If American Suzuki Motor Corp. took out a personal ad tomorrow, it might read like this:
Small import brand with lots of ambition seeks salespeople for a long-term relationship. Will wine you, dine you, treat you right. Can you trust someone who has made some mistakes in the past? Looking for the real thing, not a six-month fling.
Pushing to boost its U.S. market share, American Suzuki has been courting the favor of its sales force in a big way. It has launched a half dozen new programs, ranging from a new magazine for salespeople to a new department dedicated to sales training.
The goal: Make sellers think of Suzuki as a viable, dynamic franchise with which they'll want to stay. This is from the company that fought slumping sales and lingering concerns about alleged rollover tendencies in the early 1990s.
It also is an effort to fight a problem common among small brands: salespeople who cut their teeth selling a make such as Suzuki and then leave after a few months to sell Fords or Toyotas.
'You're only as good as your front-line troops,' said Jim Bagan, managing partner at Roger Bearsley Suzuki South in Austin, Texas, and a member of Suzuki's National Dealer Advisory Council. 'A lot of the dealer body frustration that we have felt over the years is that we weren't able to retain the type of people in the stores that we needed.'
Now, under the leadership of Rick Suzuki, the company is trying to triple its market share to 1 percent (about 160,000 vehicles) over the next few years. The plan includes increasing the number of dealers from 281 in 1998 to more than 400 in 2000. Now there are 330.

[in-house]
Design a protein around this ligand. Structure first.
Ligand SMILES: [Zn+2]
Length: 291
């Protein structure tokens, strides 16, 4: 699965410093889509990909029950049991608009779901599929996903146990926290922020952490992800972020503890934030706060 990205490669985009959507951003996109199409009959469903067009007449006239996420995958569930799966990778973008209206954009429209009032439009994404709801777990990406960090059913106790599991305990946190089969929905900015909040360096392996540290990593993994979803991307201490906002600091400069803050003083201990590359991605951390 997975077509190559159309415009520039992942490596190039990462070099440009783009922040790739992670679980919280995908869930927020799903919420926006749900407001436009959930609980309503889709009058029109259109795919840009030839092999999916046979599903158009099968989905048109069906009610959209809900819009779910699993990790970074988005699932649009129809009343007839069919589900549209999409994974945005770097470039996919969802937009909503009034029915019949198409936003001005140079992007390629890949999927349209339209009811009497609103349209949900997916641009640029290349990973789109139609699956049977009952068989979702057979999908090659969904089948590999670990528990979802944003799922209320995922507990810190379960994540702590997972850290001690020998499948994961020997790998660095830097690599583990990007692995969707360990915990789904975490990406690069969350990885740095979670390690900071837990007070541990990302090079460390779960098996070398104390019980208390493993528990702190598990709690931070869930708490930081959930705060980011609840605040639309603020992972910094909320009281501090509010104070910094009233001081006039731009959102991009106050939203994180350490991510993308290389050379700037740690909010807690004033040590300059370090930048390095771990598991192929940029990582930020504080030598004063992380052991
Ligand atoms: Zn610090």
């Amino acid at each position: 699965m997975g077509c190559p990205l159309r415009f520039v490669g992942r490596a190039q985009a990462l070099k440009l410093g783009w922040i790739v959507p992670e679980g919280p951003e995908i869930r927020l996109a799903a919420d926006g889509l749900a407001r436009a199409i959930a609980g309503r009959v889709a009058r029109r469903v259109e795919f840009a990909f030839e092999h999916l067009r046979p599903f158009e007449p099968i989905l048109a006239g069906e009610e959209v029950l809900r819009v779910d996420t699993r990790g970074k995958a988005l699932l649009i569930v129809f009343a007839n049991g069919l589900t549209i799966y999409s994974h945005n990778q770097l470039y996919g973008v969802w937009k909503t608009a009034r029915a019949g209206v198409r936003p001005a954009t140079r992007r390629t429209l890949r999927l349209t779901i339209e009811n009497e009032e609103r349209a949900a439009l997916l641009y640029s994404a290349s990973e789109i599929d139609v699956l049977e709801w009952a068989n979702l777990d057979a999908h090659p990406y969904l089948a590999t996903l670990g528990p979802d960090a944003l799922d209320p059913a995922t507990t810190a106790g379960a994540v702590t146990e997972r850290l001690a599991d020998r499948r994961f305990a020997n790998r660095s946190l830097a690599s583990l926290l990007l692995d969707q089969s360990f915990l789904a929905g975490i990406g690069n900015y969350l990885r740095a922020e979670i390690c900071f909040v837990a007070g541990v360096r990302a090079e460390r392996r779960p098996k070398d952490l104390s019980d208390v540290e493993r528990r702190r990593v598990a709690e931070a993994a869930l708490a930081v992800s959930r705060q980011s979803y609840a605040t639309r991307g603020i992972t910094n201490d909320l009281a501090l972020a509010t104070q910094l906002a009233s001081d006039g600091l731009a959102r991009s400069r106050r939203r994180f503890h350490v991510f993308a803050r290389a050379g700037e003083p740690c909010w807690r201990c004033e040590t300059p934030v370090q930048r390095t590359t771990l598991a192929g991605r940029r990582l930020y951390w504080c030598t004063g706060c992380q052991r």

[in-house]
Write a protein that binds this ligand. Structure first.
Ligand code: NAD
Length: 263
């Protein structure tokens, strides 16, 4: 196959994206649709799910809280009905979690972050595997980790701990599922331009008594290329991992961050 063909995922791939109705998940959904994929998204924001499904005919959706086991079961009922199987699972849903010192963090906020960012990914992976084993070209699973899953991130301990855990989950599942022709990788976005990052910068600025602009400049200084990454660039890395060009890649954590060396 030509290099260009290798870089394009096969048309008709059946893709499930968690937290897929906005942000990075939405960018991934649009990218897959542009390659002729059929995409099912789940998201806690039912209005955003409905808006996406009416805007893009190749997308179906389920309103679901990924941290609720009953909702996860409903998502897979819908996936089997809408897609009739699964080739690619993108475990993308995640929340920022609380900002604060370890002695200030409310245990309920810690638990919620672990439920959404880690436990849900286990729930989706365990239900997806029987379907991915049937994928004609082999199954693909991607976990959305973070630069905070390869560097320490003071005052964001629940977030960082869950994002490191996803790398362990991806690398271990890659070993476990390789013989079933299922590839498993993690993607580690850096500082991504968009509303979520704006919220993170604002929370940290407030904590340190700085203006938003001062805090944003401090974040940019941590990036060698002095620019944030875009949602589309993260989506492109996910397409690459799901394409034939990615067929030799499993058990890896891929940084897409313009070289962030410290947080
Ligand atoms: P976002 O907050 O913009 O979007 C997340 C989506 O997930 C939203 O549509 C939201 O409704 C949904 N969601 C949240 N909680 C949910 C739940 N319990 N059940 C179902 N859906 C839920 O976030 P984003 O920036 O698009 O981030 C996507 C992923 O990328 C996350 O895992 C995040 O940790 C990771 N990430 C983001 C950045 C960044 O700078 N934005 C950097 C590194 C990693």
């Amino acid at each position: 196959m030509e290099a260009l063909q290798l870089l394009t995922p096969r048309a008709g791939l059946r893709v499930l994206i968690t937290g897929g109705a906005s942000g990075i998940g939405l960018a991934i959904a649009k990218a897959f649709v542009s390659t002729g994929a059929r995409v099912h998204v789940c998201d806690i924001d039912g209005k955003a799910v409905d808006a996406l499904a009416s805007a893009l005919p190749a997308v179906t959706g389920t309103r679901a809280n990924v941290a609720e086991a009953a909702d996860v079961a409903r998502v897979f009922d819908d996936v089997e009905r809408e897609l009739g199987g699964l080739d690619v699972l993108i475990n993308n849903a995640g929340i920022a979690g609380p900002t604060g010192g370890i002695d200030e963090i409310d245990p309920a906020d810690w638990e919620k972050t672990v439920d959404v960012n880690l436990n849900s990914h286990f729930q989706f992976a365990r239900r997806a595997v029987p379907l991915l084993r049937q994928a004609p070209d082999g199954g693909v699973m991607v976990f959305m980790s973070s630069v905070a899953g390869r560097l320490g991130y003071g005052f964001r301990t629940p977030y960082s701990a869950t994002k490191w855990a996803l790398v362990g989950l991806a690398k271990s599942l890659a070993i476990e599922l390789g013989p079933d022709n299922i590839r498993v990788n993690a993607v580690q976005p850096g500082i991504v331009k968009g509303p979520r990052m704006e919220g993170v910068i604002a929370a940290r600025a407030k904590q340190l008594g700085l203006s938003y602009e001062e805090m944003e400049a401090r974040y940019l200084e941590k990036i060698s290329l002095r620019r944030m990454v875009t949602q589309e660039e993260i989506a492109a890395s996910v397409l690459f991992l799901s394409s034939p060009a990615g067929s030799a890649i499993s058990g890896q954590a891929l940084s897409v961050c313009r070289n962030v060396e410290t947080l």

To get those salespeople to stay put, Suzuki has rolled out a series of spiffs and training tools:
The creation in May of a new department of sales development. This was among the first big moves made by Rick Suzuki when he took over as president of American Suzuki. This department is responsible for making salespeople excited about Suzuki, and giving dealers tools to make selling easier. Included in the department is Alan Bethke, American Suzuki's first-ever national sales training manager.
The launch in June of a revamped certification and incentive program, called Suzuki Automotive Leadership Elite, or SALE, program. It encourages salespeople to become Suzuki certified so they can earn extra perks for selling cars. A certified seller who sells 30 cars, for example, will get a marble business card holder and already will have earned a set of business cards, an engraved pen and a framed certificate from Suzuki along the way.
Prizes are sent out every three or four months. Last year, salespeople had to wait for a lump prize at the end of the year. 'We didn't get a lot of mileage out of that, if you know what I mean,' Bethke said. More than 1,500 sellers have become certified since the revamped program was introduced.